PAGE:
By Rosalyn B. Queen Alonso
When I think of the many Christmases that I have spent, I can group them into eras. Now that is saying something about getting old. My memory goes back pretty far and I think the earliest recollections I have of Christmas would be when I was about five or six. Christmas’ then are not what they are now. We did not plan for months ahead and probably a couple of weeks prior to the big day we started to get ready. There was always a live tree and I remember so very vividly the glass ornaments that we hung on the tree…every year we seemed to break at least one. We topped the tree off with icicles that we tried to hang very straight and as we got tired, we just ended up tossing them and letting them fall where they would. Most of the gifts we gave our mother and father were things we had made at school and if we had a few cents we would buy some inexpensive item, which took us a long time to choose. We had our traditional meal on Christmas Day and we always had the fish dinner on Christmas Eve. As we got older we were allowed to attend midnight Mass. There were not a lot of presents under the tree, usually just one and I remember getting a doll one year and then I got a doll house another year. We never had a mantle in our house, so I do not remember if we hung socks, but I do know that what would have been put in them would have been fruit and candy.
My next memories would be after I married, had my own home and had my own children. Our first Christmas we had an aluminum tree, which you could not put electric lights on, but there was a revolving light that you placed on the bottom and it changed lights as it turned. By this time Christmas had evolved into a big holiday and we had many presents for the kids and a lot of goodies. I know we got too much for them but then we had to keep up with the “Jones.” One of the highlights of the season would be our trip to Downtown Clarksburg where we would stare at all the beautiful lights. One of our very favorites was the windows in the old Parson Souders store. John Pinion would decorate one window with characters and the other with a Nativity scene. There was always a little house with Santa where the kids could visit and tell the old fellow just want they wanted. Our Christmas Eve and Christmas dinner basically remained the same. I do not remember having a mall at that time so we did all our shopping in town.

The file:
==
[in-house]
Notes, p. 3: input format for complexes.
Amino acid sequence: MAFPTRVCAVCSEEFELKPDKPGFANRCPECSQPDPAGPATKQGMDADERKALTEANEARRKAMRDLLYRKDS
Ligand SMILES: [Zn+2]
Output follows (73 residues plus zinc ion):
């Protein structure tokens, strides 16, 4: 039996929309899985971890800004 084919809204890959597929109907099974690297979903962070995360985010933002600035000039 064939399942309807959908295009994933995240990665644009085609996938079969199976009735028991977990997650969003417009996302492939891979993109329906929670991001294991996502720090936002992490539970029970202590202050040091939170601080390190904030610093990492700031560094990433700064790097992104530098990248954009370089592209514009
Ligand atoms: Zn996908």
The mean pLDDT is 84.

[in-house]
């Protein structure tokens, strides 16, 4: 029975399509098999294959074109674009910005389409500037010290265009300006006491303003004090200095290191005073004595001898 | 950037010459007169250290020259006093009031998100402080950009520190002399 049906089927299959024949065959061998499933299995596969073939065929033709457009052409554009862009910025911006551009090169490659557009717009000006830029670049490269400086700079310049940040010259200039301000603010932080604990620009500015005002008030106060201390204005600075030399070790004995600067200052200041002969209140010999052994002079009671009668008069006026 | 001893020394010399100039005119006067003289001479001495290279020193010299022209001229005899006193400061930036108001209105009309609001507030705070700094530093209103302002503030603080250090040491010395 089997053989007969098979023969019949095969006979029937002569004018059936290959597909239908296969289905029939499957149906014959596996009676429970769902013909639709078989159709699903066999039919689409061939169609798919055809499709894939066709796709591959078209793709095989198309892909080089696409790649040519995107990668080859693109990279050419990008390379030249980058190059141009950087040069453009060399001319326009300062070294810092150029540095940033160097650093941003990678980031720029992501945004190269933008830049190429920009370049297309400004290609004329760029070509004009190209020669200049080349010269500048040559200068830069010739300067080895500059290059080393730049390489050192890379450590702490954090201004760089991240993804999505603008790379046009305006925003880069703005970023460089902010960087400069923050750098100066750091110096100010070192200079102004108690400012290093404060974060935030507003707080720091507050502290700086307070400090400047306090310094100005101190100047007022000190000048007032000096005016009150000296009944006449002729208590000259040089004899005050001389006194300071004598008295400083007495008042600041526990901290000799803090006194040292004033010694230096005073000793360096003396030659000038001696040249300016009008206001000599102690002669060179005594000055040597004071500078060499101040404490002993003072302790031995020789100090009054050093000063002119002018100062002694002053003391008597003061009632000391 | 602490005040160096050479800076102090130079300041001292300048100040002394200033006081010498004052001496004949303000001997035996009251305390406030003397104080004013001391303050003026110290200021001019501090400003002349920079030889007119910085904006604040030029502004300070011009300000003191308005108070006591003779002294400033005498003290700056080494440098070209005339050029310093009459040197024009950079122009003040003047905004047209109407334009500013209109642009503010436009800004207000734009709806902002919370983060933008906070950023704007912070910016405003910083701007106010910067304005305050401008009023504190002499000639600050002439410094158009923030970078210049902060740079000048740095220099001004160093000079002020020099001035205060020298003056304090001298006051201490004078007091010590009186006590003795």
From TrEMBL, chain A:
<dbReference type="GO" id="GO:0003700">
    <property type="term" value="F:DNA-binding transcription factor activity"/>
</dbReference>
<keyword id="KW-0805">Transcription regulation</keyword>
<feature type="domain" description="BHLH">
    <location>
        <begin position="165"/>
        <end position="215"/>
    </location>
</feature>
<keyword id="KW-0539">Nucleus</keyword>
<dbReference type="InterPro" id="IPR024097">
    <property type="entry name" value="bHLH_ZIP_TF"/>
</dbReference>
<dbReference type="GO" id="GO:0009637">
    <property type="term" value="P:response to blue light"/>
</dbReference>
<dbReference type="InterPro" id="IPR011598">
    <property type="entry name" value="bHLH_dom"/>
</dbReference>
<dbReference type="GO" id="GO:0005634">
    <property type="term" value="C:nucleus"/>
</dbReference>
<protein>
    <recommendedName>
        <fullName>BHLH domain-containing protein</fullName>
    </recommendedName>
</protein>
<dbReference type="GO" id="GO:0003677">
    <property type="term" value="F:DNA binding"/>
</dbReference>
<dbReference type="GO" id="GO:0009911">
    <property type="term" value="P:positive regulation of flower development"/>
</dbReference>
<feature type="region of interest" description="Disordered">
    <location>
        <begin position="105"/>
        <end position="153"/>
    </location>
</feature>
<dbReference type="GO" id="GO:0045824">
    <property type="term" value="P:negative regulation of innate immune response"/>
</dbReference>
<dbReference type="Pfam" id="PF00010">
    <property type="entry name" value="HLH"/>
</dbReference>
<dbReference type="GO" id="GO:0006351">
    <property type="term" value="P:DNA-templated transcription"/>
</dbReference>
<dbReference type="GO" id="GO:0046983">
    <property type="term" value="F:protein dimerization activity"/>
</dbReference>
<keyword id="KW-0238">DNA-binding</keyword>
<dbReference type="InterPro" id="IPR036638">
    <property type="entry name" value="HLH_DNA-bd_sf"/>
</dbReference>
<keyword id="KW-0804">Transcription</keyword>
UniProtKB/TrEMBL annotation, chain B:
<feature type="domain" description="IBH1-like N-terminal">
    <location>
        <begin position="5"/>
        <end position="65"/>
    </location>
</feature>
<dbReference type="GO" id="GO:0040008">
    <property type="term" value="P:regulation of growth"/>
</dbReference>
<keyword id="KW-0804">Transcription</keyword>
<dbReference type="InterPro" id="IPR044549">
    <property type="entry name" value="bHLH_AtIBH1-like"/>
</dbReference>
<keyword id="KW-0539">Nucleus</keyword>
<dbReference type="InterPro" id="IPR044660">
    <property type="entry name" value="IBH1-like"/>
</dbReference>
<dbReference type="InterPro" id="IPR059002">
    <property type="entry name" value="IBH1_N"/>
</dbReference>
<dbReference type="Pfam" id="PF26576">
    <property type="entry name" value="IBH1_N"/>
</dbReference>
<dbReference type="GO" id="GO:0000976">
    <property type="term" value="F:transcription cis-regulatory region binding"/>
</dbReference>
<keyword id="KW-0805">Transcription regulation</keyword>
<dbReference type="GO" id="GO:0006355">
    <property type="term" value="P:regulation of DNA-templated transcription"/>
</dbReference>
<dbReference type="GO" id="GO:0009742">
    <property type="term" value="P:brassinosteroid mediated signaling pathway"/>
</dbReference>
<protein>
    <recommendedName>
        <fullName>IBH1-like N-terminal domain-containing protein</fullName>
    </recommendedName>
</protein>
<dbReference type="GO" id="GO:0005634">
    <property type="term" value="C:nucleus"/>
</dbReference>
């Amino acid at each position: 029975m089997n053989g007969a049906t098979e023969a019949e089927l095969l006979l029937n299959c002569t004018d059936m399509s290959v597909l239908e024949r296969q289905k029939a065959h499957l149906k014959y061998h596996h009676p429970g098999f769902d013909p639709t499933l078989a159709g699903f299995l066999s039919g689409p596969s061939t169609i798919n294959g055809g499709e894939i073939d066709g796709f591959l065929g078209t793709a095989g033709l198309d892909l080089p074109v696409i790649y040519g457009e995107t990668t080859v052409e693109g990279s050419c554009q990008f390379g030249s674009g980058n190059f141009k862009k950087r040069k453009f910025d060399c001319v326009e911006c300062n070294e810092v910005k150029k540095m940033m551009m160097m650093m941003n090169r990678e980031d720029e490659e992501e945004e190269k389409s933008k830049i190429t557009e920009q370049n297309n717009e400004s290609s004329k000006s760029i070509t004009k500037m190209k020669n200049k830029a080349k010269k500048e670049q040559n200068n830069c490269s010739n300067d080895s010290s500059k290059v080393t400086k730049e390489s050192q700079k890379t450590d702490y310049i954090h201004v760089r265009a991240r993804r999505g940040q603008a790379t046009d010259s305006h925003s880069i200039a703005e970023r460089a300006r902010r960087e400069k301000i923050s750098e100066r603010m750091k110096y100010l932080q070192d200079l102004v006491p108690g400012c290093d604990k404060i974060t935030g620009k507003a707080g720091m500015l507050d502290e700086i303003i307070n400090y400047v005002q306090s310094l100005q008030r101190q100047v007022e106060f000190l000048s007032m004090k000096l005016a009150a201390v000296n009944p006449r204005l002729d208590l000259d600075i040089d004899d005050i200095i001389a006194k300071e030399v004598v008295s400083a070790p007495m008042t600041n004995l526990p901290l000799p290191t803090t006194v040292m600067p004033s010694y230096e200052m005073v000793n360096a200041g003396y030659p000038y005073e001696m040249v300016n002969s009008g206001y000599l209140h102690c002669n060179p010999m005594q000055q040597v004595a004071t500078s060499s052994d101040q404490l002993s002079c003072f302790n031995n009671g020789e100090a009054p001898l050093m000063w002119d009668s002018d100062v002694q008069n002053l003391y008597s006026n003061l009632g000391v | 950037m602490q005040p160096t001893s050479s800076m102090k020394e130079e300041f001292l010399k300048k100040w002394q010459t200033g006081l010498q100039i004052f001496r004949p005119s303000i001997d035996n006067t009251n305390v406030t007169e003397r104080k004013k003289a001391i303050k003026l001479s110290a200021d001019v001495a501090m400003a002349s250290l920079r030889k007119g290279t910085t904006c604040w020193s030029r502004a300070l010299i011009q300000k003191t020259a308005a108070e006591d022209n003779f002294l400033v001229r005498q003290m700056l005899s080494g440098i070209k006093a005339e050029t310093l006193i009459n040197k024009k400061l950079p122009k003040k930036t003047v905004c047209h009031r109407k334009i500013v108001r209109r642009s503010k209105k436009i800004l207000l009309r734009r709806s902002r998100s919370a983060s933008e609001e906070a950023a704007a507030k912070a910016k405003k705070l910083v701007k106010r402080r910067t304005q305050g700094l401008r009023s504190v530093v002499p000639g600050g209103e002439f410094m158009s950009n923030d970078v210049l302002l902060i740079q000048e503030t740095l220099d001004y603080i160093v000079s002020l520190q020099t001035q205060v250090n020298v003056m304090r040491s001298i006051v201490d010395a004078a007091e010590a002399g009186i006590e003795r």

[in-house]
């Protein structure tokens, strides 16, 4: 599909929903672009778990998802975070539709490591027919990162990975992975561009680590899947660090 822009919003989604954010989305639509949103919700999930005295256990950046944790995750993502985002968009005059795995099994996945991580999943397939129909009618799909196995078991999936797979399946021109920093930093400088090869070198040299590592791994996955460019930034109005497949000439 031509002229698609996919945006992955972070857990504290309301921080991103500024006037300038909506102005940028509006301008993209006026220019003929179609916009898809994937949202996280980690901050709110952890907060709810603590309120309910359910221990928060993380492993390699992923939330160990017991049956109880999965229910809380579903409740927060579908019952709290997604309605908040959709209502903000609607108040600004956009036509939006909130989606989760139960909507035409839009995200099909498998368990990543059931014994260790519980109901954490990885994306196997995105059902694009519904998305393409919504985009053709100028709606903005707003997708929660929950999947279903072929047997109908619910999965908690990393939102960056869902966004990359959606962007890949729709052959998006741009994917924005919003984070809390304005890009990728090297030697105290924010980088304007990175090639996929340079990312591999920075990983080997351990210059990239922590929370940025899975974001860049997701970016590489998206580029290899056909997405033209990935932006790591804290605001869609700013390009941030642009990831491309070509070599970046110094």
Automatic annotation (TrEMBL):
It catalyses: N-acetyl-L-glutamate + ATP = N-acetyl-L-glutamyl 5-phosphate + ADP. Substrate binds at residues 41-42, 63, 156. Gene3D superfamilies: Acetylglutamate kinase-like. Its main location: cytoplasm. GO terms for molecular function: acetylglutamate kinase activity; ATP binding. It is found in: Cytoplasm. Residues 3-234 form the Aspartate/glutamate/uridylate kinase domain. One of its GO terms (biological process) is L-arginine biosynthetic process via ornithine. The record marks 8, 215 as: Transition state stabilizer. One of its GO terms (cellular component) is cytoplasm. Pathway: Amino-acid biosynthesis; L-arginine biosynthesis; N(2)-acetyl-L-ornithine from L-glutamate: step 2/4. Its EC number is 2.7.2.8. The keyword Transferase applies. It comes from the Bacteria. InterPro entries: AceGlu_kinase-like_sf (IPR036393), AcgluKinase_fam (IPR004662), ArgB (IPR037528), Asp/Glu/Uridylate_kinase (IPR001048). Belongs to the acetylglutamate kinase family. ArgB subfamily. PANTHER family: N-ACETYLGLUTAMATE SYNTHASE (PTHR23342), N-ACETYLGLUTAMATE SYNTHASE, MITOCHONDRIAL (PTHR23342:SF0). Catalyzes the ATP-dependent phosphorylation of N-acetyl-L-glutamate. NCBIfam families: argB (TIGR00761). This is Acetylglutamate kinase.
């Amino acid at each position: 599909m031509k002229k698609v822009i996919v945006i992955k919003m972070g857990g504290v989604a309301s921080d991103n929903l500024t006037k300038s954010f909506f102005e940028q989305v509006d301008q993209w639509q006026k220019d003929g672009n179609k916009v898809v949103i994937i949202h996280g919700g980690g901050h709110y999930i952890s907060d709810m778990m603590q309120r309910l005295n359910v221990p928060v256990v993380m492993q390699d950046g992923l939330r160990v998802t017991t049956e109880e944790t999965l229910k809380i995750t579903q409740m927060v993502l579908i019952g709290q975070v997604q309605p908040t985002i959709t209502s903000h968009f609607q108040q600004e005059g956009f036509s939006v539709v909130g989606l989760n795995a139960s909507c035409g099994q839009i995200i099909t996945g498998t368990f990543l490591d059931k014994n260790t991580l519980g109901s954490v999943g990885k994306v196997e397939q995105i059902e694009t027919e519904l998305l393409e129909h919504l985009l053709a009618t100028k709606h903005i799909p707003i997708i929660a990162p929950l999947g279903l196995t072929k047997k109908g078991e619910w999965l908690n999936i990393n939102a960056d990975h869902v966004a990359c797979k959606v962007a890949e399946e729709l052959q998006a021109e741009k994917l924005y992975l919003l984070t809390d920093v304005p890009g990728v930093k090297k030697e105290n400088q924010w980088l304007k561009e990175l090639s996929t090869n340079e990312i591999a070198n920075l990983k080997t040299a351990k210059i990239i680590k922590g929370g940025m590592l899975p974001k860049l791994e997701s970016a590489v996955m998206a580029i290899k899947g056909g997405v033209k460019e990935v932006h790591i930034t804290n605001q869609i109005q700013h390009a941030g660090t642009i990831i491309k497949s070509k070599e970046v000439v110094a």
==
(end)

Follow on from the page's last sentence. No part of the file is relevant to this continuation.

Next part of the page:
Now we are at our present status and things have really changed. Although I love the season, there seems to be something missing…most of our shopping means putting cash in an envelope. I think the kids like this best as they can get just what they want and not what I think they want.
Goodies are not as special as they use to be, as we are able to get whatever we want all year long. I guess the best part about Christmas now is getting together to enjoy your family and that sometimes seems to be impossible as everyone has their own schedule. Wouldn’t it be nice if for just a couple of hours we could revert to that early Christmas celebration? Some day we will have to slow down and get back to the real meaning of this holiday. I know that many of us share with those less fortunate and try to see that everyone has a good holiday dinner … this says a lot for our society today. Put a little old time into your celebrations this year and see if it does not make a difference.
Hats off to the Barbara Highland Fund for the Arts and Harry Green Chevrolet for sponsoring the Christmas concert of TENORE! It was a wonderful concert and it certainly put everyone in the spirit of the season. The Cultural Foundation is doing such a great job in bringing these programs to us.
The PWA of Harrison County had a great Christmas luncheon for members and sponsors and unveiled a plaque to honor the late Abelina Suarez who recently left the PWA a bequest in her will.
Dave and I wish you a very Merry Christmas and that you enjoy it in good health. Keep in touch with me and until next week “Now You Have Heard It Through The Grapevine.”